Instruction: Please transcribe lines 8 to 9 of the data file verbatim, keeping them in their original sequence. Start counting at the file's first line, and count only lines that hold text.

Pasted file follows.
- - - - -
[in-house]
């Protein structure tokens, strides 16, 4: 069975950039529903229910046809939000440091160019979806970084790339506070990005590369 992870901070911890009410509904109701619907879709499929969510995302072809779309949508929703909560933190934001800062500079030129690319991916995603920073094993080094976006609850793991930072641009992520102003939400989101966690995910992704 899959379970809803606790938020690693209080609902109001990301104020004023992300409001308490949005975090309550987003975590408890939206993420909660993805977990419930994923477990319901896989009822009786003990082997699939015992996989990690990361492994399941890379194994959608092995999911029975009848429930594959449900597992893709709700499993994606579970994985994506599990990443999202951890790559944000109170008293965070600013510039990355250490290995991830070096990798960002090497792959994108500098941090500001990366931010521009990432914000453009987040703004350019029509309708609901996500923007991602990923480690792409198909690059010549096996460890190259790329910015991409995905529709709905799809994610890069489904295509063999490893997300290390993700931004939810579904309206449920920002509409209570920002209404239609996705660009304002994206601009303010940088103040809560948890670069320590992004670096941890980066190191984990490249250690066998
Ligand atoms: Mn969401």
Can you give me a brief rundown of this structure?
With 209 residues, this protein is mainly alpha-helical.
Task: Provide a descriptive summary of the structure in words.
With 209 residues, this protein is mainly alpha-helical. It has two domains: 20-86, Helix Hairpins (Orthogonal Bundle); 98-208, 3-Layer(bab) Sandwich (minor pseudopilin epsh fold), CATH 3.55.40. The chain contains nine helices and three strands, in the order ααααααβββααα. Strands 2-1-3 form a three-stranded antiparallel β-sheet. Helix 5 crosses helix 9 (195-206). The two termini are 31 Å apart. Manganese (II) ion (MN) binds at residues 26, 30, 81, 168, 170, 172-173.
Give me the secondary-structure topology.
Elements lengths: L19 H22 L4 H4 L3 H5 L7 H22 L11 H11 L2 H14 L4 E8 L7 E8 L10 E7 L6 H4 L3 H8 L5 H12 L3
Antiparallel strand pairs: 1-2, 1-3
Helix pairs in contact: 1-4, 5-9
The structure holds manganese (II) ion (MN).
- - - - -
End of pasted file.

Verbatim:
Give me the secondary-structure topology.
Elements lengths: L19 H22 L4 H4 L3 H5 L7 H22 L11 H11 L2 H14 L4 E8 L7 E8 L10 E7 L6 H4 L3 H8 L5 H12 L3